It’s time to repurpose ‘Labor Day’ as 'Taxpayers’ Day’

A federal holiday at the end of summer was a wonderful idea, a chance for families to shift gears as the children go back to school and for the rest of us to prepare for the shorter days and less friendly weather of winter. And it is even better that this day of leisure was linked to honoring work and those who perform it. The holiday began as an organizing tool for unions:

On September 5, 1882, 10,000 workers took unpaid time off to march from City Hall to Union Square in New York City, holding the first Labor Day parade in U.S. history.

When President Cleveland signed Labor Day into law in 1894, industrial workers were the fastest-growing segment of the workforce, and they were facing  7-day work weeks, low pay, and often hazardous working conditions.  Efforts to organize unions to demand better pay and working conditions faced sometimes brutal repression.  The federal holiday was viewed as an attempt to heal the wounds opened by the class conflict between owners and the industrial proletariat that Marxists viewed as an opportunity for revolution.

The holiday didn’t halt the class conflict, nor did it instantly improve pay and working conditions, but it did help give legitimacy to the union movement. Outrages, such as the Ludlow Massacre in Colorado, where National Guardsmen and goons employed by the Rockefeller-owned Colorado Fuel & Iron Company fired on an encampment of 1,200 striking workers, made it clear that unions had an important and legitimate role to play in an economy that was still rapidly industrializing:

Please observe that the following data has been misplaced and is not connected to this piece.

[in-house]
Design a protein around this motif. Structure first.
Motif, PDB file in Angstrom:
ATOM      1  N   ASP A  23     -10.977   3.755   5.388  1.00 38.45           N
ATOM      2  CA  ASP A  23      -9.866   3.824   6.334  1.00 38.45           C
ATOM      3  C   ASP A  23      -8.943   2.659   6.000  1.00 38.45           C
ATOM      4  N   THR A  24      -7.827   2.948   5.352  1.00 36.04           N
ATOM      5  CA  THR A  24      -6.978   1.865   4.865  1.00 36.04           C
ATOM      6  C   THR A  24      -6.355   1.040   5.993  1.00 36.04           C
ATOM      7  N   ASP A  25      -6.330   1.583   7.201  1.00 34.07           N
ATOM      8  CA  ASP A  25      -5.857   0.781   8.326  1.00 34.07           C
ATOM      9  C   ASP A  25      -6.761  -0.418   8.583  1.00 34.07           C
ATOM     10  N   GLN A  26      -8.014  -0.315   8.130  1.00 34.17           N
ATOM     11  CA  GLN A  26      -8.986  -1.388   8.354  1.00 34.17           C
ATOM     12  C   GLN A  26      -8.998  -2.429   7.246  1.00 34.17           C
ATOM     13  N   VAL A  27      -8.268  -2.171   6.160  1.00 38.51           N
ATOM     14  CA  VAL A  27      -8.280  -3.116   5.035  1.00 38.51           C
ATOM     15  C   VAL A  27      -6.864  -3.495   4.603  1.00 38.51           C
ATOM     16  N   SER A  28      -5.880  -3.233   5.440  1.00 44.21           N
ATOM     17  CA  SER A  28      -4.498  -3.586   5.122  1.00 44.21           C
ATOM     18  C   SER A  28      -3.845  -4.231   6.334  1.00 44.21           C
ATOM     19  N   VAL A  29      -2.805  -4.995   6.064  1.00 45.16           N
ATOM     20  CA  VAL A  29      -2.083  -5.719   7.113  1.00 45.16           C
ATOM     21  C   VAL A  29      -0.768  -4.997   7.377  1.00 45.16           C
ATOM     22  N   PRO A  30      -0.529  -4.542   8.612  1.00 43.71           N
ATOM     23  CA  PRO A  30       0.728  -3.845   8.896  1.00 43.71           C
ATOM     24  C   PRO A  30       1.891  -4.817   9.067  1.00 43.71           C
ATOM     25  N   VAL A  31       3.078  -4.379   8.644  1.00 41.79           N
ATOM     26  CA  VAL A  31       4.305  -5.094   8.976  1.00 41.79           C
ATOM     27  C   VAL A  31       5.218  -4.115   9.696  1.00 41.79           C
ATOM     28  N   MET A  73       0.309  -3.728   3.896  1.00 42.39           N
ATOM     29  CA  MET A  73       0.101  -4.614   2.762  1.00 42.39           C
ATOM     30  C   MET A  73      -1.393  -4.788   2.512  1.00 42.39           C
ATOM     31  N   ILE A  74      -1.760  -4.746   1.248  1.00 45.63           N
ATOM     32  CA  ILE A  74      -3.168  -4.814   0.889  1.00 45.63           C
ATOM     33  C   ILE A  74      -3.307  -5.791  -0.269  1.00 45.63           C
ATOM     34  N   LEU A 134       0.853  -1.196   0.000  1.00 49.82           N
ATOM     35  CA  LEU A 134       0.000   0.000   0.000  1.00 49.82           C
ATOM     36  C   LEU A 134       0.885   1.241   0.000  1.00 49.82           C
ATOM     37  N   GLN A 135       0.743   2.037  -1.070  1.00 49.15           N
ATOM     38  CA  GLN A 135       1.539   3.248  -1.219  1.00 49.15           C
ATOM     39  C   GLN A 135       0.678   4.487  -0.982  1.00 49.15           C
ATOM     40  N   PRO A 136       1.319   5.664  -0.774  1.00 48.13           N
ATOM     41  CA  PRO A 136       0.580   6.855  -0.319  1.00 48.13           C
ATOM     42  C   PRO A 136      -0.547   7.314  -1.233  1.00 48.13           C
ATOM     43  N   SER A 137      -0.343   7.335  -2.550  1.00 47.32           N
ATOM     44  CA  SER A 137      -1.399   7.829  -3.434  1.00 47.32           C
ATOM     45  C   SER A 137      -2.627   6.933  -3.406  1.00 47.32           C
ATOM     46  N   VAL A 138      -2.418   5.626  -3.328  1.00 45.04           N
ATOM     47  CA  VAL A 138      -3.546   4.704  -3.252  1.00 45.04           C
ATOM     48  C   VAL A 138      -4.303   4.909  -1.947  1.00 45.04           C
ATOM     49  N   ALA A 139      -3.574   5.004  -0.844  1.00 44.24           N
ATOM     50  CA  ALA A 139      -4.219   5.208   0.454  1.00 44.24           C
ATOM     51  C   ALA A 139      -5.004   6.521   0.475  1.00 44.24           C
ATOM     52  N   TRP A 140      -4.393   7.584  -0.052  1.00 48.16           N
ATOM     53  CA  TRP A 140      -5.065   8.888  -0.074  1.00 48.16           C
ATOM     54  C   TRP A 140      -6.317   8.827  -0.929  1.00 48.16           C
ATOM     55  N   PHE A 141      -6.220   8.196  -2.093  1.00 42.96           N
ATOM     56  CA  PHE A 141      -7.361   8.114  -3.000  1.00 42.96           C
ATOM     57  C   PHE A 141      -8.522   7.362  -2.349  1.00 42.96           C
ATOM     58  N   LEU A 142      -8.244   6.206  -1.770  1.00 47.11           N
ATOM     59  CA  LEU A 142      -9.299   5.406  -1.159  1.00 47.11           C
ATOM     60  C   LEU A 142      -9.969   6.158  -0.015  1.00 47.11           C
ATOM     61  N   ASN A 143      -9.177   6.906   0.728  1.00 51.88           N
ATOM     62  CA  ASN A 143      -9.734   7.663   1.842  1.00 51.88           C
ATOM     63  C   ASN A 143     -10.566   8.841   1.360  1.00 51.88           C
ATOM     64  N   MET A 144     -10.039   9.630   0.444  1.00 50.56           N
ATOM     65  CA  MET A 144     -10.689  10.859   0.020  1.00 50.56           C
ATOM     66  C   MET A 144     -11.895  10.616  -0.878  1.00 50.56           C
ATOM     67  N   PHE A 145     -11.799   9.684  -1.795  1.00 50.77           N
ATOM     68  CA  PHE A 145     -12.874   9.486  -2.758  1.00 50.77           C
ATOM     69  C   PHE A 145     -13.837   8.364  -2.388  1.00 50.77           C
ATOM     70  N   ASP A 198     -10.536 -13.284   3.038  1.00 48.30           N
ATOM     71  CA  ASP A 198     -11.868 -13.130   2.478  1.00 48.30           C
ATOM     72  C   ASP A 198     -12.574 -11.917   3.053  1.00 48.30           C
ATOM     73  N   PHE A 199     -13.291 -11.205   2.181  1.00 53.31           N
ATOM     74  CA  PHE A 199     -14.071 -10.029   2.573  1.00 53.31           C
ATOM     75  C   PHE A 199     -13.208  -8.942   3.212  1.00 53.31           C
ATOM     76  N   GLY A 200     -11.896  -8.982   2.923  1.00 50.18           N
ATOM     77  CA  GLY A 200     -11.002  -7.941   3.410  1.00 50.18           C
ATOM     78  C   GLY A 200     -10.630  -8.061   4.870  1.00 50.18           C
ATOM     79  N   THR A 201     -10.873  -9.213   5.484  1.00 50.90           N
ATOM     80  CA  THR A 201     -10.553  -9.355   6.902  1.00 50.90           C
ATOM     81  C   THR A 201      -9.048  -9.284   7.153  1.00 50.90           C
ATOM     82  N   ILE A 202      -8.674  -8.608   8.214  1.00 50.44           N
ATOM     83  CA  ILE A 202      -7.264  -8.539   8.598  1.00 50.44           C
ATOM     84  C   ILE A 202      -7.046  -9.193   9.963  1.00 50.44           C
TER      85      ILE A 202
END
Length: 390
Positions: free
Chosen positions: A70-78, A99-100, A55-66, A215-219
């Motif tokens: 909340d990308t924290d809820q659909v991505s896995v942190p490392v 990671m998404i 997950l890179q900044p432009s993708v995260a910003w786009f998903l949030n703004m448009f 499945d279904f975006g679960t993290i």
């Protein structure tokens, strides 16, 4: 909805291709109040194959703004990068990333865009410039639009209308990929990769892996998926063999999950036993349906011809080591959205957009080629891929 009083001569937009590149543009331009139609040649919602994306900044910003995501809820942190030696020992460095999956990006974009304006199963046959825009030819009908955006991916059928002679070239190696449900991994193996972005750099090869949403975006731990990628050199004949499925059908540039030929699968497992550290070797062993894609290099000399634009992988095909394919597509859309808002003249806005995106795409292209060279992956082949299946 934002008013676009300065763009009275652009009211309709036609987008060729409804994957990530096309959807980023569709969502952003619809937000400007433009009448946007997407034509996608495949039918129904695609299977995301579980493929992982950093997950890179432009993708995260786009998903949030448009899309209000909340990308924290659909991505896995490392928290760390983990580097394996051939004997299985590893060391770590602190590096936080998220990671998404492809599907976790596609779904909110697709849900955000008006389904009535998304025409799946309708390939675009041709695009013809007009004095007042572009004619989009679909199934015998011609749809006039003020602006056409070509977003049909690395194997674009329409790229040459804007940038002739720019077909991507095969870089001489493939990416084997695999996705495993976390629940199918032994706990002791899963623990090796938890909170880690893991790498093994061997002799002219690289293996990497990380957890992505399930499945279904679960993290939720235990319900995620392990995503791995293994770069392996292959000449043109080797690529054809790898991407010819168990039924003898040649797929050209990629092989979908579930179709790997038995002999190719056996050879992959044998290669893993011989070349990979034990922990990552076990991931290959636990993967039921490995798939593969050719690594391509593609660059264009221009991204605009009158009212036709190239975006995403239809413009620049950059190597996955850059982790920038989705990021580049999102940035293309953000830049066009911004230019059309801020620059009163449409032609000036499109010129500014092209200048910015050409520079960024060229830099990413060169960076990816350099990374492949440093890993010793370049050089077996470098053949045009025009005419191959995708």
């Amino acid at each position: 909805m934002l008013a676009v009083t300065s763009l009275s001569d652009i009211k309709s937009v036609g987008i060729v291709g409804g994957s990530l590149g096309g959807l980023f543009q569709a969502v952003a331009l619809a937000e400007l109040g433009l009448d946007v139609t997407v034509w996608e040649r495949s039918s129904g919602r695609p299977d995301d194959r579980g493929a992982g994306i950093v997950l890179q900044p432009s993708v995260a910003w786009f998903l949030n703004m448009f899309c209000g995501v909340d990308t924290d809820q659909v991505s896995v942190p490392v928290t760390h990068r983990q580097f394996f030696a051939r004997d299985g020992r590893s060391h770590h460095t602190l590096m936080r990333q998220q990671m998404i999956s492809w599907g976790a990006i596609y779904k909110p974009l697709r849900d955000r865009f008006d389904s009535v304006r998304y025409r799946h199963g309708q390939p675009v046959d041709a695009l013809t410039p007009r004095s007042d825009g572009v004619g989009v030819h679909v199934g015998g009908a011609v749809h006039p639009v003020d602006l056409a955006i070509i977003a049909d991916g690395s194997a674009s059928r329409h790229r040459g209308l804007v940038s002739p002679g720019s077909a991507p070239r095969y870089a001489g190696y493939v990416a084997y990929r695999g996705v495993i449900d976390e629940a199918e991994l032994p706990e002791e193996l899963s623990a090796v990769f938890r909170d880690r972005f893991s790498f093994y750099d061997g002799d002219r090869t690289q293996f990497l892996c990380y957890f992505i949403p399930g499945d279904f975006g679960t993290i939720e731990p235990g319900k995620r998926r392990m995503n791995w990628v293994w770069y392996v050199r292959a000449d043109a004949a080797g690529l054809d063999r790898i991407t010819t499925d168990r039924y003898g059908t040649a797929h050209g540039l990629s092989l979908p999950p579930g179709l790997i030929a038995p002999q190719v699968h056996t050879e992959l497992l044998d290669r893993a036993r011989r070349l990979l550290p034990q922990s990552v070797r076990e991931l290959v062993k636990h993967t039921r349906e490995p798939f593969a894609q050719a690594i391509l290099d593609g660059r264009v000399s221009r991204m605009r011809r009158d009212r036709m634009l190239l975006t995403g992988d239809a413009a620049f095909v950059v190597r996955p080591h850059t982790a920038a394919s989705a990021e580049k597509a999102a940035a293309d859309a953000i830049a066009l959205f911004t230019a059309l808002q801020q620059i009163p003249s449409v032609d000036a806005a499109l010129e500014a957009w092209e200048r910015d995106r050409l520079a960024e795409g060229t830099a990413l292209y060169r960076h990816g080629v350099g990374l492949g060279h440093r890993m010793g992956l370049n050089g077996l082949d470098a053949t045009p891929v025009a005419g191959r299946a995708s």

(Source)

I have visited the Ludlow Massacre Monument, a slightly forlorn private site maintained by unions. Even though I am rather critical of what the union movement has become, there is no question in my mind that the period or organizing and winning recognition for unions was a very positive contribution to American social and political history.

Photo credit: Beverly and Pack

It took four more decades, and a Depression and New Deal, before unions were able to obtain contracts with the biggest industrial firms in America and dominate industrial production. But the ultimate success of that movement was so great that wages were driven up to the point where the global competitiveness of American industrial firms was impaired in union-dominated industries such as automobile manufacturing. Industrial employment and membership in industrial unions plummeted. In its place, unions organized government workers, after President Nixon signed an executive order that made it legal for them to do so. Today, violence connected to unions is more likely to be from the union side, not the employer's side.